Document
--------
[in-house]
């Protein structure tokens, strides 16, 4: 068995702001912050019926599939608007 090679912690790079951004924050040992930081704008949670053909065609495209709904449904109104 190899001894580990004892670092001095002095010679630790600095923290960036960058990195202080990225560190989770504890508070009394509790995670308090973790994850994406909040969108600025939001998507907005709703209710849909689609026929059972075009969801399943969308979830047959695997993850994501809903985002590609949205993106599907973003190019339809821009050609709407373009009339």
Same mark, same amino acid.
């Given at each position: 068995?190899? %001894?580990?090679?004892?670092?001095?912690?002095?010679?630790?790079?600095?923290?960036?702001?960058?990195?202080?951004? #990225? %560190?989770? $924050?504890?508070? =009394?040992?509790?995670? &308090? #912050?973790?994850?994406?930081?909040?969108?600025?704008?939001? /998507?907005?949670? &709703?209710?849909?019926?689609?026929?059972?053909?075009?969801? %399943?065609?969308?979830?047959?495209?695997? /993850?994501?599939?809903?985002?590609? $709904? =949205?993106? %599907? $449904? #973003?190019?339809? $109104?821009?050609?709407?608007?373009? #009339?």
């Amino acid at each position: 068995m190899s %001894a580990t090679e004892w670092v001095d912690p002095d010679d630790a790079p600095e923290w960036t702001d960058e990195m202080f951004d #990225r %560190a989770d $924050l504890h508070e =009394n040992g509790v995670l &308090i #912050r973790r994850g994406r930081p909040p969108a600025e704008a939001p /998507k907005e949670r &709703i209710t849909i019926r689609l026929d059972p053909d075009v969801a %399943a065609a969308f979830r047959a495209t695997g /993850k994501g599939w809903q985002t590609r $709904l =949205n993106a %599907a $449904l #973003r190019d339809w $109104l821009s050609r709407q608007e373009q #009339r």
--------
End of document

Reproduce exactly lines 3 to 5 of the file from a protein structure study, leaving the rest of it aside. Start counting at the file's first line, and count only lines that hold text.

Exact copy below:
Same mark, same amino acid.
């Given at each position: 068995?190899? %001894?580990?090679?004892?670092?001095?912690?002095?010679?630790?790079?600095?923290?960036?702001?960058?990195?202080?951004? #990225? %560190?989770? $924050?504890?508070? =009394?040992?509790?995670? &308090? #912050?973790?994850?994406?930081?909040?969108?600025?704008?939001? /998507?907005?949670? &709703?209710?849909?019926?689609?026929?059972?053909?075009?969801? %399943?065609?969308?979830?047959?495209?695997? /993850?994501?599939?809903?985002?590609? $709904? =949205?993106? %599907? $449904? #973003?190019?339809? $109104?821009?050609?709407?608007?373009? #009339?």
């Amino acid at each position: 068995m190899s %001894a580990t090679e004892w670092v001095d912690p002095d010679d630790a790079p600095e923290w960036t702001d960058e990195m202080f951004d #990225r %560190a989770d $924050l504890h508070e =009394n040992g509790v995670l &308090i #912050r973790r994850g994406r930081p909040p969108a600025e704008a939001p /998507k907005e949670r &709703i209710t849909i019926r689609l026929d059972p053909d075009v969801a %399943a065609a969308f979830r047959a495209t695997g /993850k994501g599939w809903q985002t590609r $709904l =949205n993106a %599907a $449904l #973003r190019d339809w $109104l821009s050609r709407q608007e373009q #009339r």